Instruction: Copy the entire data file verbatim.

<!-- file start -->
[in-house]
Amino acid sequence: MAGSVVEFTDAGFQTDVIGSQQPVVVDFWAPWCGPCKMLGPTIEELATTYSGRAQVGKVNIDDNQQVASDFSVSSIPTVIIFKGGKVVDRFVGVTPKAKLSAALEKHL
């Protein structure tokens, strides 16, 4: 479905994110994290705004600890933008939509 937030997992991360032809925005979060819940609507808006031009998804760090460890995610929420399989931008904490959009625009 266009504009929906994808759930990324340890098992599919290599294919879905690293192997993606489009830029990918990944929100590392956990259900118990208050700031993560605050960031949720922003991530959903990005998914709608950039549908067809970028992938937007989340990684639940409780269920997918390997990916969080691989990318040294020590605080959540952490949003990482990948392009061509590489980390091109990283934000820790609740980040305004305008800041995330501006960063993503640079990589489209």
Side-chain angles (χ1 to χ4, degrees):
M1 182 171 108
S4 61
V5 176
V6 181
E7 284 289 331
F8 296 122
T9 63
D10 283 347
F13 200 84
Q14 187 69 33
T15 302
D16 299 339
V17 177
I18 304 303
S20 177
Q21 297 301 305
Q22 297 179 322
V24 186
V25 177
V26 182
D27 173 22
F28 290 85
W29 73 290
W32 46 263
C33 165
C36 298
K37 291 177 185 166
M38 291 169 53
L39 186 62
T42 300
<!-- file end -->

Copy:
[in-house]
Amino acid sequence: MAGSVVEFTDAGFQTDVIGSQQPVVVDFWAPWCGPCKMLGPTIEELATTYSGRAQVGKVNIDDNQQVASDFSVSSIPTVIIFKGGKVVDRFVGVTPKAKLSAALEKHL
């Protein structure tokens, strides 16, 4: 479905994110994290705004600890933008939509 937030997992991360032809925005979060819940609507808006031009998804760090460890995610929420399989931008904490959009625009 266009504009929906994808759930990324340890098992599919290599294919879905690293192997993606489009830029990918990944929100590392956990259900118990208050700031993560605050960031949720922003991530959903990005998914709608950039549908067809970028992938937007989340990684639940409780269920997918390997990916969080691989990318040294020590605080959540952490949003990482990948392009061509590489980390091109990283934000820790609740980040305004305008800041995330501006960063993503640079990589489209």
Side-chain angles (χ1 to χ4, degrees):
M1 182 171 108
S4 61
V5 176
V6 181
E7 284 289 331
F8 296 122
T9 63
D10 283 347
F13 200 84
Q14 187 69 33
T15 302
D16 299 339
V17 177
I18 304 303
S20 177
Q21 297 301 305
Q22 297 179 322
V24 186
V25 177
V26 182
D27 173 22
F28 290 85
W29 73 290
W32 46 263
C33 165
C36 298
K37 291 177 185 166
M38 291 169 53
L39 186 62
T42 300